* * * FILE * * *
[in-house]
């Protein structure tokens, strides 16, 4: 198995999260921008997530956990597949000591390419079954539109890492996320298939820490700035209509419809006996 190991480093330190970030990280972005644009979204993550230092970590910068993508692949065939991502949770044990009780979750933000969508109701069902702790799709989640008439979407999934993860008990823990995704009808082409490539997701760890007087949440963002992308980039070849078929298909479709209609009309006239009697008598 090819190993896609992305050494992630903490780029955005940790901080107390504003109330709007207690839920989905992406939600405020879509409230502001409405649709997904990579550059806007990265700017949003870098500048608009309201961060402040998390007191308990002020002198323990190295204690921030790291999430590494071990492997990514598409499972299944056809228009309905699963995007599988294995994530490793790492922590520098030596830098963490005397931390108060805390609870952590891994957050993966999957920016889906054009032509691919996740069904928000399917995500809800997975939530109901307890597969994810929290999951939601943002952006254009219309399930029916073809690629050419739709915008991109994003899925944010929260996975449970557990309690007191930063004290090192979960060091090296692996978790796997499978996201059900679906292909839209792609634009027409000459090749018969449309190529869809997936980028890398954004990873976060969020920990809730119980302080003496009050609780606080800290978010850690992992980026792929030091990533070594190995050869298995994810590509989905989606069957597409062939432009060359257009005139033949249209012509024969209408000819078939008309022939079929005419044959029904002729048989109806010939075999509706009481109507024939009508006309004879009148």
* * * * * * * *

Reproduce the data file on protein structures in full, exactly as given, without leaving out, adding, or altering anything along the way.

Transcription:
[in-house]
């Protein structure tokens, strides 16, 4: 198995999260921008997530956990597949000591390419079954539109890492996320298939820490700035209509419809006996 190991480093330190970030990280972005644009979204993550230092970590910068993508692949065939991502949770044990009780979750933000969508109701069902702790799709989640008439979407999934993860008990823990995704009808082409490539997701760890007087949440963002992308980039070849078929298909479709209609009309006239009697008598 090819190993896609992305050494992630903490780029955005940790901080107390504003109330709007207690839920989905992406939600405020879509409230502001409405649709997904990579550059806007990265700017949003870098500048608009309201961060402040998390007191308990002020002198323990190295204690921030790291999430590494071990492997990514598409499972299944056809228009309905699963995007599988294995994530490793790492922590520098030596830098963490005397931390108060805390609870952590891994957050993966999957920016889906054009032509691919996740069904928000399917995500809800997975939530109901307890597969994810929290999951939601943002952006254009219309399930029916073809690629050419739709915008991109994003899925944010929260996975449970557990309690007191930063004290090192979960060091090296692996978790796997499978996201059900679906292909839209792609634009027409000459090749018969449309190529869809997936980028890398954004990873976060969020920990809730119980302080003496009050609780606080800290978010850690992992980026792929030091990533070594190995050869298995994810590509989905989606069957597409062939432009060359257009005139033949249209012509024969209408000819078939008309022939079929005419044959029904002729048989109806010939075999509706009481109507024939009508006309004879009148």